"Mountains of money are moving in the next decade," according to a Financial Research Corporation study on the rollover market. Mountains, indeed: Consumers will take out more than $3.7 trillion from qualified retirement plans by 2006, according to the study, titled "Money on the Move: Strategies for Capturing Retirement Rollovers." More than half of that -- $2 trillion -- will be funneled into IRAs.
This massive migration of money is a fairly recent -- and welcome -- phenomenon, at least for financial services companies. With the average 401(k) balance at $50,000, companies such as Fidelity Investments, Charles Schwab
To get in on the action, retirement market behemoths are gunning for your retirement dollars, if you haven't already noticed the prime-time run of rollover commercials. They've even made it easier for lazy Fools like me to make the move -- one phone call (or click), a single document, and, finito!
But a little due diligence is probably wise. In general, you want to make sure the bulk of your contribution is going toward your retirement nest egg, not to the broker. You can get into the nitty-gritty of what each discount brokerage firm offers, including customer service and one-time freebies. Or you can take a shortcut and hone in on two particular things: Fees and trading commissions.
By law, your broker can charge an annual fee to maintain your IRA (aptly named, "IRA maintenance fee"), but many don't. Then there are fees for account inactivity and transferring your money out of the account. Trading commissions can also erode your returns. (We put our sponsor-brokers to the fee test with a side-by-side comparison. You'll see that Ameritrade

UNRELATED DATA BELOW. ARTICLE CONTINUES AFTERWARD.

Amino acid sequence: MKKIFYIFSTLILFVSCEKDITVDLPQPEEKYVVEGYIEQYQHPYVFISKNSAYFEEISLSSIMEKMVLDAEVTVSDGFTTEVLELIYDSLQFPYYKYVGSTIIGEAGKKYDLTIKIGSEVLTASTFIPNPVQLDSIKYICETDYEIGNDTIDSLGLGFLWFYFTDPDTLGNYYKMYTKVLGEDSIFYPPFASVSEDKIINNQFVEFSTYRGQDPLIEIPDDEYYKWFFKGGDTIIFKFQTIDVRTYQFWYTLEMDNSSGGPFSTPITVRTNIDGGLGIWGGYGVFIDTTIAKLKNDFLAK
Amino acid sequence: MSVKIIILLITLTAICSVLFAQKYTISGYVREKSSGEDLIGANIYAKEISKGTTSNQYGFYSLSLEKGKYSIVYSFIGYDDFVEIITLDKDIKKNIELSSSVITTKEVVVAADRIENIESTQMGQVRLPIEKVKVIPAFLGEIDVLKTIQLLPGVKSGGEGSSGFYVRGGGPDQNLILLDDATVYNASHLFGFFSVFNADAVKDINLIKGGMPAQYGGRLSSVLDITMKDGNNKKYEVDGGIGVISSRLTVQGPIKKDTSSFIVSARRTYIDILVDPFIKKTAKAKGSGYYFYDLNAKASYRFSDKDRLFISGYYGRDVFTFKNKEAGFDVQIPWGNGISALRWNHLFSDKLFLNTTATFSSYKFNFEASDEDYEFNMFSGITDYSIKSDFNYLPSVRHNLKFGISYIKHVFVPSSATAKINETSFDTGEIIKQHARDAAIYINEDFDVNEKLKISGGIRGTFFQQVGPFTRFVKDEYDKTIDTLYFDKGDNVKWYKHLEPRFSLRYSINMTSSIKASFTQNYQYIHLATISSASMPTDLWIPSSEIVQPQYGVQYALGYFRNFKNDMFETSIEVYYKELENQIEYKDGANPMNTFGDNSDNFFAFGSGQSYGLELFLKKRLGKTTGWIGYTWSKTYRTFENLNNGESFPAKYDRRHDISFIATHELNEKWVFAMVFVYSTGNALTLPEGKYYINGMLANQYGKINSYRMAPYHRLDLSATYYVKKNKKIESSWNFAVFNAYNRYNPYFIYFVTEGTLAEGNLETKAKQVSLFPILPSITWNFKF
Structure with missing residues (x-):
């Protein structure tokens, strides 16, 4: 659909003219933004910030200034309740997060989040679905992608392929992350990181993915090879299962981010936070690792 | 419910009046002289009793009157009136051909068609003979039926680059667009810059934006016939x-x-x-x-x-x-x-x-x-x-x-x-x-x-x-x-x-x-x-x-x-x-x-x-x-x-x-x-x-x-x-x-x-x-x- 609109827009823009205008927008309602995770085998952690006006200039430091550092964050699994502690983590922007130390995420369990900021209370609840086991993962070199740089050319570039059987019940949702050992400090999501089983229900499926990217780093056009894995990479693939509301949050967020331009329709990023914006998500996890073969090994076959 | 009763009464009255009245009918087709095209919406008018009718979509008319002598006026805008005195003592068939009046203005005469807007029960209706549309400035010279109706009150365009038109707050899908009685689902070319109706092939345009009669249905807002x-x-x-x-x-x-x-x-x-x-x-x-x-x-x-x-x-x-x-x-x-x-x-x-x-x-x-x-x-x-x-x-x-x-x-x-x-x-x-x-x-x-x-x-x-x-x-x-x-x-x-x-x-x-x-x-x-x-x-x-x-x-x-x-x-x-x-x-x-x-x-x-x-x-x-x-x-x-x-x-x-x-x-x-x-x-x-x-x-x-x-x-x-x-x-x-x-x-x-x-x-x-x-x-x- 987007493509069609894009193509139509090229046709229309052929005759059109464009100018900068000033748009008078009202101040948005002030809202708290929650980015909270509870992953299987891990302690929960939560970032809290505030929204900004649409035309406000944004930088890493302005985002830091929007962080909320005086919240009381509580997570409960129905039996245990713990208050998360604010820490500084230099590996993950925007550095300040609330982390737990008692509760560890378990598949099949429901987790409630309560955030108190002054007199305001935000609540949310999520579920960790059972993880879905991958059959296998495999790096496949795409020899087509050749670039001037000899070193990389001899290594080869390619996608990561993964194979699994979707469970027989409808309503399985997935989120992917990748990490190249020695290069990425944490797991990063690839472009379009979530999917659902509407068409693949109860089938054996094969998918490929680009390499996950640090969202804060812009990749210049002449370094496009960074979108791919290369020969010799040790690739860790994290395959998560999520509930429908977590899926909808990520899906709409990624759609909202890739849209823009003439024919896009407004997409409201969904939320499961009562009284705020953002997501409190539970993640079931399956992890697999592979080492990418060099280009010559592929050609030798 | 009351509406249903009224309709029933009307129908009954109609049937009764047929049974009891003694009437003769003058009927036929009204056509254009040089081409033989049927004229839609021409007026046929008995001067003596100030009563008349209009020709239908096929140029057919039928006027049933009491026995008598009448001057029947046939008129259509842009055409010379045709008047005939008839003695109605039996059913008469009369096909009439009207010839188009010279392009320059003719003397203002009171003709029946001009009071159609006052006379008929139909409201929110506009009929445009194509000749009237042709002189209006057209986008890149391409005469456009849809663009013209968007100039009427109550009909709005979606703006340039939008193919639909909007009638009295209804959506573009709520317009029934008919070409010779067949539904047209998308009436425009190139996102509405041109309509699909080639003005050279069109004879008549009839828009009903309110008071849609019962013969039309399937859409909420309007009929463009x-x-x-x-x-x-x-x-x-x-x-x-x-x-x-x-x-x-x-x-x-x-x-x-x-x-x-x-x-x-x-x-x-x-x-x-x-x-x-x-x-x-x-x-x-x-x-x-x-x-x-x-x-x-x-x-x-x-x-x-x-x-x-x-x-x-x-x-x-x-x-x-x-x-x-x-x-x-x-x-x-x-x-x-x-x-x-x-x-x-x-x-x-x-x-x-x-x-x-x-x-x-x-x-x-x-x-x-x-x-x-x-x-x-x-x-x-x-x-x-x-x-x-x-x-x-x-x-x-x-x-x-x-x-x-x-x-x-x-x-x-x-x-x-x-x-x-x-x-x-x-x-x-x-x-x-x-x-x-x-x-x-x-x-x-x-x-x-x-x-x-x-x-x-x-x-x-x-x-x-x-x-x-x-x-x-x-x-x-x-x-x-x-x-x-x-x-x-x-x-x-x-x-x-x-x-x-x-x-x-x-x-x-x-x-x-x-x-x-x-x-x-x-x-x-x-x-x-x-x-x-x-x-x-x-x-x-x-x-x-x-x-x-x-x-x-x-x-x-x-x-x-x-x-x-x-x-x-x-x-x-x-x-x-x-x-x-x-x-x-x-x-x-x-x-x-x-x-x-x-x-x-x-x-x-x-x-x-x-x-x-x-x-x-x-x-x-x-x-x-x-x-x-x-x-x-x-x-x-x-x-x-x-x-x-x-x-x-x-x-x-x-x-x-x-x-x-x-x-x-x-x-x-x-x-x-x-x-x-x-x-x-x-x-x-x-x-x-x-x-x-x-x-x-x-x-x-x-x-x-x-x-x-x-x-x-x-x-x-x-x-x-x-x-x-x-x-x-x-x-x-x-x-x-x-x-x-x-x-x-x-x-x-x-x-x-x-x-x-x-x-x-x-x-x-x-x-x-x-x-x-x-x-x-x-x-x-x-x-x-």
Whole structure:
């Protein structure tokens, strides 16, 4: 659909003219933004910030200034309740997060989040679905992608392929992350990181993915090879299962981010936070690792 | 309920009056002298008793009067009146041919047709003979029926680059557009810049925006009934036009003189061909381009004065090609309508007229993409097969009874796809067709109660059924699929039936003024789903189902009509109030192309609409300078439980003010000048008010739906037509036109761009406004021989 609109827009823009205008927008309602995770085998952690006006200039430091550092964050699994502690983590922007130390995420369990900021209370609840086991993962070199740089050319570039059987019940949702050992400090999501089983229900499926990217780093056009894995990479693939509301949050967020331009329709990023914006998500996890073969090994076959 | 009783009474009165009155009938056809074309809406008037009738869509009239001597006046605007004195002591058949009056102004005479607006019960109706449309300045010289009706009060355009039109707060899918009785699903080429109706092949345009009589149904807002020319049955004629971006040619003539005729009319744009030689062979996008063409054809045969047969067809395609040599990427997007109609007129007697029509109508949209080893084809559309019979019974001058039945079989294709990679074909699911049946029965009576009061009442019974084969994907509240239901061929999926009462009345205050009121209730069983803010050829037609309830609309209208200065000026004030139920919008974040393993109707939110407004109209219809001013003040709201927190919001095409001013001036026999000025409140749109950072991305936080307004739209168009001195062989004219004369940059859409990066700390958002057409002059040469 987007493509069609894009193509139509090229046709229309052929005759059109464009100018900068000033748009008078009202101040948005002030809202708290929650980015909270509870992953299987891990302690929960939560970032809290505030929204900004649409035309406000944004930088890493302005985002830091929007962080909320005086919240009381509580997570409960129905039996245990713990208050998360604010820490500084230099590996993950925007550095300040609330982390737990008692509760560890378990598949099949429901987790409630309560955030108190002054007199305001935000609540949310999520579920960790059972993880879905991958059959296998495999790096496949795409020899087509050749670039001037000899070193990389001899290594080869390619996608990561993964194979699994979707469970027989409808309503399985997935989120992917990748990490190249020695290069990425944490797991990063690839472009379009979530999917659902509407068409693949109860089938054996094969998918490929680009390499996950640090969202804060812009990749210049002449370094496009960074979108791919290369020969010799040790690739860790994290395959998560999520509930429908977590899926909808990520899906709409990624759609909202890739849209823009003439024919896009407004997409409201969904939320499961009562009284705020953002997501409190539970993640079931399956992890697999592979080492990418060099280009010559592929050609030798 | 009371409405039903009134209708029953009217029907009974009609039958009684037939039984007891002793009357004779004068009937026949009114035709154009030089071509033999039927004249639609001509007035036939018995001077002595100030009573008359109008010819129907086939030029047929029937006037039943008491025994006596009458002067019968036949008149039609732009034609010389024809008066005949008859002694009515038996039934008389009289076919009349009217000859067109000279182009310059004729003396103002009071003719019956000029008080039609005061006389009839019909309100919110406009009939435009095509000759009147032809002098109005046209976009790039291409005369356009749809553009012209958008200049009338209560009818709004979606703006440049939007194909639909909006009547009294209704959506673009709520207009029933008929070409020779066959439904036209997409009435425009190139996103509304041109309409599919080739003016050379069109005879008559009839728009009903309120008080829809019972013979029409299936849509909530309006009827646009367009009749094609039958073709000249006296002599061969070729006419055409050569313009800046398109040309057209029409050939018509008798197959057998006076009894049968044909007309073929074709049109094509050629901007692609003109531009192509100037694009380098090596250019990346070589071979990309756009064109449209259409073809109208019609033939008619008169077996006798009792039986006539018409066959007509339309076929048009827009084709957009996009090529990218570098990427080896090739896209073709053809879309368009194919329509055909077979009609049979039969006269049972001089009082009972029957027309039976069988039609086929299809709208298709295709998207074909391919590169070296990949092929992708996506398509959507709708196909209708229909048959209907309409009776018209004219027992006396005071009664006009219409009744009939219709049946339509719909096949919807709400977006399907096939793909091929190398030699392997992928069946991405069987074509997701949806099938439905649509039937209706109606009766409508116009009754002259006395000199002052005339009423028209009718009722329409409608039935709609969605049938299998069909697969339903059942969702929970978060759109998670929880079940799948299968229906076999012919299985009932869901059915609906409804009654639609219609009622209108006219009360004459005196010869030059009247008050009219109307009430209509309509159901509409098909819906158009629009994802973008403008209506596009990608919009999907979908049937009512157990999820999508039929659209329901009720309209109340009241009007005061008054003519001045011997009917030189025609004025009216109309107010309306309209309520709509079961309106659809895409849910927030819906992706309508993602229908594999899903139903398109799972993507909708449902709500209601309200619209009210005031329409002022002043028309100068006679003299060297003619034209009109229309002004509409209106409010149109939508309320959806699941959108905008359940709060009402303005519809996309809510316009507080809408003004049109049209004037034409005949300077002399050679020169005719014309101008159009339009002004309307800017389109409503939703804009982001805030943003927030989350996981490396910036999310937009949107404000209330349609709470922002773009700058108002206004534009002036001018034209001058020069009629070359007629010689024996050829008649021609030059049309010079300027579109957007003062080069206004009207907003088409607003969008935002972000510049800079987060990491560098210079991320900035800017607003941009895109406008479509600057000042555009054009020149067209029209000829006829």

Once you've chosen your broker and decided whether to conduct a rollover or direct transfer of your assets, there's just one more consideration: To merge with an existing IRA or not to merge.
If you transfer your money into a separate and distinct IRA of its own, you leave open the option to transfer those funds in the future to the new employer's 401(k) plan (if your new boss accepts rollover money from an old employer's plan). If you mix your 401(k) money with IRA money that did not come from an old employer's qualified retirement plan, that money forevermore loses its eligibility for a future transfer to a new employer's plan.
I merged. (Call me lazy.) I figured that seeing a fresh 401(k) with a balance of $0 at my new employer would give me more incentive to sock money away with each paycheck.
Really, it is that easy
Not all of my fellow Fools have gotten religion on the rollover issue. Paul, one of our editors, revealed to me that he had more than five years' worth of diligent retirement savings in two 401(k)s still sitting with former employers.
After a little browbeating, he finally took control of one account and transferred the money into his Schwab discount brokerage account. As he said, one phone call and done.
Still, he's dragging his feet on yet another dusty old 401(k) at an employer he left more than two years ago. In fact, in the time it took him to edit this column, he could have made the phone call, downloaded the necessary documents, and gotten the ball rolling.
We'll find out if public admonishment inspires him to finish the job.